China sentences scientist who edited babies' genes to jail
A Chinese court declared a scientist's experiments in human gene editing illegal.
By Zoe Reineck | Feb 11, 2020 | Print-friendly

A Chinese court in Shenzhen sentenced the scientist who created the world's first "gene-edited" babies to three years in jail and a fine of 3 million yuan ($430,000) on Monday. The scientist, He Jiankui, will also be permanently banned from further involvement in reproductive medicine, according to China's Xinua news agency.

The court, Shenzhen Nanshan District People's Court, also sentenced He's coworkers Zahang Renli and Qin Jinzhou to prison terms of two years and 18 months, respectively. Like their boss, they are going to prison for "caarrying out human embryo gene editing for repdroductive purposes," the court said in a statement.

"The three accused did not have the proper certification to practise medicine, and in seeking fame and wealth, deliberately violated national regulations in scientific research and medical treatment," the court said. "They've crossed the bottom line of ethics in scientific research and medical ethics."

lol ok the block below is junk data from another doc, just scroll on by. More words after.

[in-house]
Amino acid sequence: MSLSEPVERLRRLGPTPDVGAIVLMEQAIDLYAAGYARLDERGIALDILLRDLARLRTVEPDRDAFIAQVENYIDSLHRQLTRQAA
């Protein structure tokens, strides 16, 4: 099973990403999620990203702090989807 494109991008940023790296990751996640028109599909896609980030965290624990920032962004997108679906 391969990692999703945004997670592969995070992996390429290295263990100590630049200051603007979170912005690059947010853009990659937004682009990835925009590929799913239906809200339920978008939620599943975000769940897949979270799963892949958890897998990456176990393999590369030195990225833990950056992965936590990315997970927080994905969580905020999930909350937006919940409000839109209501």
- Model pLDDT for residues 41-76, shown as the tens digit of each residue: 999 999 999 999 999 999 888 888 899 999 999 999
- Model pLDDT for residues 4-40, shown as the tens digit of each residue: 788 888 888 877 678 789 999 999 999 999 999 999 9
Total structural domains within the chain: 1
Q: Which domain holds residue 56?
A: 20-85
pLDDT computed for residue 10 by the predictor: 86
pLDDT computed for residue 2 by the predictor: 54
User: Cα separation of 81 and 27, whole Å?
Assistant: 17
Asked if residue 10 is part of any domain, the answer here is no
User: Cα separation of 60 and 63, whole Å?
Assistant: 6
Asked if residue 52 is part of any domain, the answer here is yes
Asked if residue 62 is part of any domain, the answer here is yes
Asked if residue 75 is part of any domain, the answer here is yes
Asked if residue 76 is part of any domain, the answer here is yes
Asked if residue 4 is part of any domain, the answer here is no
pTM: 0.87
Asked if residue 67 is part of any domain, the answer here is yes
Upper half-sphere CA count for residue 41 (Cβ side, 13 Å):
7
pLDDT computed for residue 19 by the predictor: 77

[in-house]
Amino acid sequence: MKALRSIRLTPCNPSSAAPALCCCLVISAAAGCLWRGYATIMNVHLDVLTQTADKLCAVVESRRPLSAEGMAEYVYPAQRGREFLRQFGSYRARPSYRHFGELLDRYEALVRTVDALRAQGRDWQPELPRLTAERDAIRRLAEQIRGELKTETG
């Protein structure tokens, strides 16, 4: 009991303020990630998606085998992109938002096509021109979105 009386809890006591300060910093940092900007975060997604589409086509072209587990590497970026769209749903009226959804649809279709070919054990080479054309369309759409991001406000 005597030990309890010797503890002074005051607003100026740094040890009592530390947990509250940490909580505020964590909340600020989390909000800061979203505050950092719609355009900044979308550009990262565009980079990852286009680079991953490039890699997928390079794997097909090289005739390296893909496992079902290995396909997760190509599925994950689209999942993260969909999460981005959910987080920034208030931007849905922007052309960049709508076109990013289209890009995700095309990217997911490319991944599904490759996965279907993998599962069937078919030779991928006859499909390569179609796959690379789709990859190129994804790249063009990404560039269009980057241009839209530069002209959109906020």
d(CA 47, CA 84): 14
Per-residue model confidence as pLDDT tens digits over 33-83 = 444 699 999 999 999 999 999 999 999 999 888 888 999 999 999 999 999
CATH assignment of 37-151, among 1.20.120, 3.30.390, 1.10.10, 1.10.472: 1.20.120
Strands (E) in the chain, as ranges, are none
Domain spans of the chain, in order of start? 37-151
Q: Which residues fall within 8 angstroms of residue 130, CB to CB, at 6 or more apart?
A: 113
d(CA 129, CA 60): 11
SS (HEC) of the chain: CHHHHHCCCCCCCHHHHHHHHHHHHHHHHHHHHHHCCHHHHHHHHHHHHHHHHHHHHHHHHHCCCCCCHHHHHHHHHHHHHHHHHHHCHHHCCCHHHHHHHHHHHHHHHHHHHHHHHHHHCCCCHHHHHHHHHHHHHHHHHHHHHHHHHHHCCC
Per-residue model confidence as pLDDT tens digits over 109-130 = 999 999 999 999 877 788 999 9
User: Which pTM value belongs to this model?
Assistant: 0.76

Jiankui made news worldwide last year when he claimed to have created genetically modified human twins, who were named Lulu and Nana. He and his team were using CRISPR, a DNA-editing technology, to alter the twins' genomes while they were only fertilized embryos in a petri dish. After completing the gene-editing procedure, the team implanted the embryos into a woman's uterus for them to be carried to term.

He said at the time that he wanted to make the twins immune to HIV by giving them a gene that makes some people HIV-resistant. Subsequent research published in the MIT Technology Review found that he may not have been successful in reporducing this gene in the twins, however.

Most countries ban the practice of editing unborn children's genes.